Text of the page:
MOSCOW — A man wearing a black V-neck sweater walked up to a moody painting of a mountain range on display at the renowned Tretyakov Gallery in Moscow.
He leaned forward as if to admire the artist’s brushwork. Then he reached up, lifted the painting off the wall, and sauntered out of the exhibition, swinging the painting from his right hand.
The work, titled “Ai Petri, Crimea” and painted by Arkhip Kuindzhi in 1908, had been insured for $182,000, according to a spokeswoman for the museum.
The painting, which was on loan from the Russian Museum in St. Petersburg, was not lost for long. On Monday, a day after it was taken, police recovered it undamaged in a construction site outside Moscow and arrested a 31-year-old man, according to the Russian news agency TASS.
But the brazen theft will still embarrass the Tretyakov, the museum with the most important collection of Russian art in Moscow, especially as it comes less than a year after another man attacked a revered Russian painting with a pole — piercing it in three places — after drinking vodka in the gallery’s cafe.
Zelfira Tregulova, director general of the Tretyakov, said the incident was a result of art exhibitions attracting a rougher clientele. “We’re losing the culture of visiting, of interacting with art,” she told a news conference on Monday.
The theft “is a result and consequence of today’s incredible accessibility of museums, of vast numbers of people visiting our exhibitions,” she said. “Universal accessibility increases risks.”
Ms. Tregulova said that while some Western museums had added armed guards to exhibitions, Russia still tended to depend on grandmotherly types to keep an eye on visitors. The museum will add motion detectors and might consider inspecting departing visitors, she said.
The episode is the latest in a string of bold art thefts across Europe. Last weekend, thieves stole a door from the Bataclan concert hall in Paris that featured a mural attributed to the British street artist Banksy and thought to be a tribute to the victims of the 2015 terrorist attack at the venue.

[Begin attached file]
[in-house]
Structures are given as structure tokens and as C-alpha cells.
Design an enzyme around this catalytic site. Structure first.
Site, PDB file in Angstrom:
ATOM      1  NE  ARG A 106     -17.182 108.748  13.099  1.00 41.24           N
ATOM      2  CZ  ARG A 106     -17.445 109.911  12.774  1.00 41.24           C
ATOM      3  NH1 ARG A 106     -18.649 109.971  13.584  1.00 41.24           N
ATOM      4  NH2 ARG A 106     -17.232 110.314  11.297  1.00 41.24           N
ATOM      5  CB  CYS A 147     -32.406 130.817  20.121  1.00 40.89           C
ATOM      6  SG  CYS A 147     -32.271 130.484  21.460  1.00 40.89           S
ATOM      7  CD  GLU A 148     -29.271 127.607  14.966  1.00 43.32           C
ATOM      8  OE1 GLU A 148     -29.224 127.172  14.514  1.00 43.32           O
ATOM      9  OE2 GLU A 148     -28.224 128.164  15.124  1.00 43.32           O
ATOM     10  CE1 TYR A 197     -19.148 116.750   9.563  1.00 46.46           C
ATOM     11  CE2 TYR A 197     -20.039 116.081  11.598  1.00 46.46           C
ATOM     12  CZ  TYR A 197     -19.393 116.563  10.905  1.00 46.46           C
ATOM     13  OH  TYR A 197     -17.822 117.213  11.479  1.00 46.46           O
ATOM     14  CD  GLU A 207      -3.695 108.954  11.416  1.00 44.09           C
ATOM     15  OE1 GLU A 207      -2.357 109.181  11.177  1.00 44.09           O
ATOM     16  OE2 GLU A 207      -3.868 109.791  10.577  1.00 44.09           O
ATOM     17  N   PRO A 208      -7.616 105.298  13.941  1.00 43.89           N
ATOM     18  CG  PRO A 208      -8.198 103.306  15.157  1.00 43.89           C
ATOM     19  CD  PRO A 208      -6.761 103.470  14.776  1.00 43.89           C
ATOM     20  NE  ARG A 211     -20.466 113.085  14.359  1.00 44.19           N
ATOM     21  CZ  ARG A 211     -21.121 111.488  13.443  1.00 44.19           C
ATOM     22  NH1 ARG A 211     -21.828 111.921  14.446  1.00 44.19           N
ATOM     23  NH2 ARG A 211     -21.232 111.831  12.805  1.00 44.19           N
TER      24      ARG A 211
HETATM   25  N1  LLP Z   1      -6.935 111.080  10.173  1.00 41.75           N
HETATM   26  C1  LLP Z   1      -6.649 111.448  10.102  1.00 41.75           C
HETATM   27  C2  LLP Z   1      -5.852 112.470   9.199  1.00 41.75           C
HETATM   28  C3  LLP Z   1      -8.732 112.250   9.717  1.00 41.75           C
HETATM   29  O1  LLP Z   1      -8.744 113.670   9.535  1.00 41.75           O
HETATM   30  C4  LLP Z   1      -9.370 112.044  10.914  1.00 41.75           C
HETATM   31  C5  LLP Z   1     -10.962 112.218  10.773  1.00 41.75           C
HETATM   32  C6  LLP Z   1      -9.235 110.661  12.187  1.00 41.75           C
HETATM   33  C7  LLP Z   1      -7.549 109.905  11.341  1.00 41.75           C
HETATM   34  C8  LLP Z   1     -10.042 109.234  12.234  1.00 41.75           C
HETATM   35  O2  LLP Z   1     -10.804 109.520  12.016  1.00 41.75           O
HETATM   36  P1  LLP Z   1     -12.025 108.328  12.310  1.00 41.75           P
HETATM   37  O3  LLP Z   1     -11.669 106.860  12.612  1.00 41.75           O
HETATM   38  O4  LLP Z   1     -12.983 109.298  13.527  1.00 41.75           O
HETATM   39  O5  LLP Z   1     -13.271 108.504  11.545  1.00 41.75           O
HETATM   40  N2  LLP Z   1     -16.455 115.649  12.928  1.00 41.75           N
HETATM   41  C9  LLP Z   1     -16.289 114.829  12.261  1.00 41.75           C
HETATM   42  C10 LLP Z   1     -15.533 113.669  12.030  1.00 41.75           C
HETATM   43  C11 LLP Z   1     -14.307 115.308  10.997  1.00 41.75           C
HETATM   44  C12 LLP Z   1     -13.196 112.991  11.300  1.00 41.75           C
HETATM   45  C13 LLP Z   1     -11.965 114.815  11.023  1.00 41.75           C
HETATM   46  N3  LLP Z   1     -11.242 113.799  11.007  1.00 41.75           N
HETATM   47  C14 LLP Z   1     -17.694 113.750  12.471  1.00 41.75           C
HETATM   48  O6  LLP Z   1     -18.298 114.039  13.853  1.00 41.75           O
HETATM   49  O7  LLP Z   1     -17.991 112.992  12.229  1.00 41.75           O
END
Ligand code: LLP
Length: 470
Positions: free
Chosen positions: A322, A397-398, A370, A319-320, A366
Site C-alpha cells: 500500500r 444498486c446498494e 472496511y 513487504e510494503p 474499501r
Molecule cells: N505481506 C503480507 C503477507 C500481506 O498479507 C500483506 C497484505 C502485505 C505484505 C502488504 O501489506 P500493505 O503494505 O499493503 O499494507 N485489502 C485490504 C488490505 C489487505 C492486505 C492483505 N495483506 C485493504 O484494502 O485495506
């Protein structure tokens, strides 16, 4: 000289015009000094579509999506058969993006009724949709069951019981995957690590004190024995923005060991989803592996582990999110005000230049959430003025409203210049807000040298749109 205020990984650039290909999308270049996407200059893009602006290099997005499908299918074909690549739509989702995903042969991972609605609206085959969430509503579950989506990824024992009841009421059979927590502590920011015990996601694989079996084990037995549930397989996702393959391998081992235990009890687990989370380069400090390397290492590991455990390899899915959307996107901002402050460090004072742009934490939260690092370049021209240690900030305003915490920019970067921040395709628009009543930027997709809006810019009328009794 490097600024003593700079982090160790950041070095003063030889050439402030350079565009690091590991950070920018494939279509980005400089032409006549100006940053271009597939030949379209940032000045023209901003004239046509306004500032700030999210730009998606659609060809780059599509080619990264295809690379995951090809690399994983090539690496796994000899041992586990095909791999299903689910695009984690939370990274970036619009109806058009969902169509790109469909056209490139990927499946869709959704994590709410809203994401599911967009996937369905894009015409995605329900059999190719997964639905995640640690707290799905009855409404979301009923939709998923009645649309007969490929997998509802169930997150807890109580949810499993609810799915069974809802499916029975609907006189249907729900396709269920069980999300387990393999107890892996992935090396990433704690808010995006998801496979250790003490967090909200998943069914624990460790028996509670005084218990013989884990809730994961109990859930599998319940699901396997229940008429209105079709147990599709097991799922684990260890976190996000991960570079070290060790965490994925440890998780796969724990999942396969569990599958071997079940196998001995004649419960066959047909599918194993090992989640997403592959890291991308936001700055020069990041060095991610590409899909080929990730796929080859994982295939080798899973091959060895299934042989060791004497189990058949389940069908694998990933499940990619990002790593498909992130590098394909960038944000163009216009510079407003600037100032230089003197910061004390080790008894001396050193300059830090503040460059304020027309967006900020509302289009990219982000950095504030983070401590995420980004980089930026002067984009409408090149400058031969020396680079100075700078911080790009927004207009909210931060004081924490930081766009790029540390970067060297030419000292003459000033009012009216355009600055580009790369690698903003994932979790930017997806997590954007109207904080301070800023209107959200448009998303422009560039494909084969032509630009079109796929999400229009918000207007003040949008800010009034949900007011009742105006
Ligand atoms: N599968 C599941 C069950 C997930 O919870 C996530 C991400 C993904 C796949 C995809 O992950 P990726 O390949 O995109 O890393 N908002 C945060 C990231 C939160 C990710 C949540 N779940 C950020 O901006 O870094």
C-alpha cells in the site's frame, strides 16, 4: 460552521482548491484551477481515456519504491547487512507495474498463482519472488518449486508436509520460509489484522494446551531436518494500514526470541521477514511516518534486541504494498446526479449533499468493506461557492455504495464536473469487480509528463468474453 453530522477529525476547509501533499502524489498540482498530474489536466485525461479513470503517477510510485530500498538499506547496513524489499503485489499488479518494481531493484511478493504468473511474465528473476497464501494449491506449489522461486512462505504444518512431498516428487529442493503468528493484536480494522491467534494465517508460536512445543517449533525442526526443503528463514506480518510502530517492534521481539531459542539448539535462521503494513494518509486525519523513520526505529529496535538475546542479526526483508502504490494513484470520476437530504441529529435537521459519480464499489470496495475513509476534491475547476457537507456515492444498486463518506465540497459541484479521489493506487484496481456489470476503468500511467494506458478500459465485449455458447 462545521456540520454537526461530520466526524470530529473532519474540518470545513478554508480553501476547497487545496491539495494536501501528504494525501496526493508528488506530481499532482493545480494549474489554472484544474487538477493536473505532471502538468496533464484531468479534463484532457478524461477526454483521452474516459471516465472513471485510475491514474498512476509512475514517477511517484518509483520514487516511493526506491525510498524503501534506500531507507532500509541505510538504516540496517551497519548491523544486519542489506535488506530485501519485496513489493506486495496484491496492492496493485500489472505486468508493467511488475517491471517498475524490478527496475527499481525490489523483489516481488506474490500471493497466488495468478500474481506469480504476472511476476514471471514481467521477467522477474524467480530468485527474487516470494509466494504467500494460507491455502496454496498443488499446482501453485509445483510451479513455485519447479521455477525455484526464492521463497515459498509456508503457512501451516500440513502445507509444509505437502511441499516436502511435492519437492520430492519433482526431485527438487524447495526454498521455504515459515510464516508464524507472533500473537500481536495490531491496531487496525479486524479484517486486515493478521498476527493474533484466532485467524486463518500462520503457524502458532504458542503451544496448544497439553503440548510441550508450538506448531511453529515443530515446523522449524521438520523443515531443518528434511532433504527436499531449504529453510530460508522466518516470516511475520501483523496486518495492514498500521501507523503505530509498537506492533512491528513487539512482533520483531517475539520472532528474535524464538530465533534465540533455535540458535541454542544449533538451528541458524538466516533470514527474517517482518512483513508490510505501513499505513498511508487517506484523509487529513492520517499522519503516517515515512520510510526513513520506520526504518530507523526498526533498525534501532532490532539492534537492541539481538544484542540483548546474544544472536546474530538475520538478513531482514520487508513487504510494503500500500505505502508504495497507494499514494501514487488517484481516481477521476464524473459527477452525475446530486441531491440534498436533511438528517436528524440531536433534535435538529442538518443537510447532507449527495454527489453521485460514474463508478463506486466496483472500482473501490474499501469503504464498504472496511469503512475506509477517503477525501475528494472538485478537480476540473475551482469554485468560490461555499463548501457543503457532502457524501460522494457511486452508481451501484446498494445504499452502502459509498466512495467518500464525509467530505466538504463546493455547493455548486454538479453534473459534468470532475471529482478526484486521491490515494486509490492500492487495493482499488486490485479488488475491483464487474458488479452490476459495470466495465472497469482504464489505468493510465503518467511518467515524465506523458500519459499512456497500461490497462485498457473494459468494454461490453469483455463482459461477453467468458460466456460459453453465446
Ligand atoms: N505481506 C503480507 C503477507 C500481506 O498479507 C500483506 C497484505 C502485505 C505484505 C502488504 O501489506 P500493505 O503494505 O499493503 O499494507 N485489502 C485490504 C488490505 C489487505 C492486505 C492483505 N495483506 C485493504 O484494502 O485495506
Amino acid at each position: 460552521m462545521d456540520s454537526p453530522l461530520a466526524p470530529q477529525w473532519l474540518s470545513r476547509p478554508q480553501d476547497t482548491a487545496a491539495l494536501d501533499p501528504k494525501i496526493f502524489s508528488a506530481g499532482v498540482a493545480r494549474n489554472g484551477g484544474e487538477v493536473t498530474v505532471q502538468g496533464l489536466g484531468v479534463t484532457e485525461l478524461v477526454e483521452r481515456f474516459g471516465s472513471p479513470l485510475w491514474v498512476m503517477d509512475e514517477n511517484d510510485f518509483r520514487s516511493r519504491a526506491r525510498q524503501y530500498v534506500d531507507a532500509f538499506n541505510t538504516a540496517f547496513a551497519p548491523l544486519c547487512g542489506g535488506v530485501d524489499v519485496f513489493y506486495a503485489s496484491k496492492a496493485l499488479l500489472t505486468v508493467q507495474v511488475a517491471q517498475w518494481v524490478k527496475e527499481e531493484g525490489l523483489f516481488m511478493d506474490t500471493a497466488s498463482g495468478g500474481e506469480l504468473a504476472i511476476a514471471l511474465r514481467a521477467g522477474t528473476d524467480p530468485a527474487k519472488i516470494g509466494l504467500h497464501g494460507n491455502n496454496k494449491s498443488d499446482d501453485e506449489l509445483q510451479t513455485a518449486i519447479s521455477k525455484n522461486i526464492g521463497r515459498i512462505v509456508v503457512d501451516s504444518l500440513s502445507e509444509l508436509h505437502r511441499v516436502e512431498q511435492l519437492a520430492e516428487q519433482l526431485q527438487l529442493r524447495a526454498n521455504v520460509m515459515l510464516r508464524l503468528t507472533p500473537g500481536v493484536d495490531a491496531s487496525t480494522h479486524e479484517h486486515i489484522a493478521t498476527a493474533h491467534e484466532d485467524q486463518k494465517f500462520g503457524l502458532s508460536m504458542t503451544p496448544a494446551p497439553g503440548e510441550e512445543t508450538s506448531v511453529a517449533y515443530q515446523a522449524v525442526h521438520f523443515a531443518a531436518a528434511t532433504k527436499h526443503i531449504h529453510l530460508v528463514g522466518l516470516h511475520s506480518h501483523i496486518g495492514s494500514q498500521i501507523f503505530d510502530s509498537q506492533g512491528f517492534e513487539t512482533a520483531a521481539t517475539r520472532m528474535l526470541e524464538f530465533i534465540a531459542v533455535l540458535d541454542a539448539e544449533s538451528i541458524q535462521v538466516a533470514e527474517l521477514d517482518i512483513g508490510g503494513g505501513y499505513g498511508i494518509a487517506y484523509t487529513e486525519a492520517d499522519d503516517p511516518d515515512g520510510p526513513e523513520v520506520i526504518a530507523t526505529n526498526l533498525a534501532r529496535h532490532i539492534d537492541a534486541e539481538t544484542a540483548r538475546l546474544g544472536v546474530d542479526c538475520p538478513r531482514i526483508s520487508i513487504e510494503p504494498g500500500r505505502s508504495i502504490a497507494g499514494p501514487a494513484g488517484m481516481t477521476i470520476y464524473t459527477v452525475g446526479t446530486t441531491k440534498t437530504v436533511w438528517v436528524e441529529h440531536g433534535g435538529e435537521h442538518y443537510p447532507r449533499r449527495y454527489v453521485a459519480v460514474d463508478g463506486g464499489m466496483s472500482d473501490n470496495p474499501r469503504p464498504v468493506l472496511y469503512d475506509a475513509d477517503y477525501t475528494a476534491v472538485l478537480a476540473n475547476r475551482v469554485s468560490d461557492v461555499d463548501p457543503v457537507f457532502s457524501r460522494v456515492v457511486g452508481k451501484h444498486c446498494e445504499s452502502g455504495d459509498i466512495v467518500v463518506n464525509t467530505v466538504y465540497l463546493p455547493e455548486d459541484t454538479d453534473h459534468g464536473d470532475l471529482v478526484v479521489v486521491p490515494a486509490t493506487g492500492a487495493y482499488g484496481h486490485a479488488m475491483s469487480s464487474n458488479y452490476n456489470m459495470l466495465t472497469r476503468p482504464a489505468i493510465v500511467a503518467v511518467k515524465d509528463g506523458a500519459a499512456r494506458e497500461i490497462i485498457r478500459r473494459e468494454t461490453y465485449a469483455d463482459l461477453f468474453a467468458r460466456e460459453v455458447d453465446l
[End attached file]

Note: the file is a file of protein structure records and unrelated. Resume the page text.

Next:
In November, three men walked into the Dorotheum auction house in Vienna, cut a landscape painting by Renoir from its frame, and walked out. A 59-year-old Ukrainian man with a history of art theft was arrested in December over the crime, but the artwork has yet to be recovered, according to Harald Sörös, a spokesman for the Vienna police.
“It’s relatively rare to see someone go into a pretty significant gallery and just lift a painting off the wall,” James Ratcliffe, director of recoveries and general counsel at The Art Loss Register, which tracks and tries to solve art crime, said in a telephone interview of the Tretyakov theft. “There’s no doubt that security there is at a pretty low level to be able to do this without setting off an alarm, without any gallery staff stopping you, and to get out of the building too.”
With his closely cropped haircut and black clothes, the thief appeared to many visitors to be a hip young member of the museum staff, Russian news reports said, although one visitor eventually raised the alarm. .
“It’s amazing what you can achieve by acting confidently,” Mr. Ratcliffe said.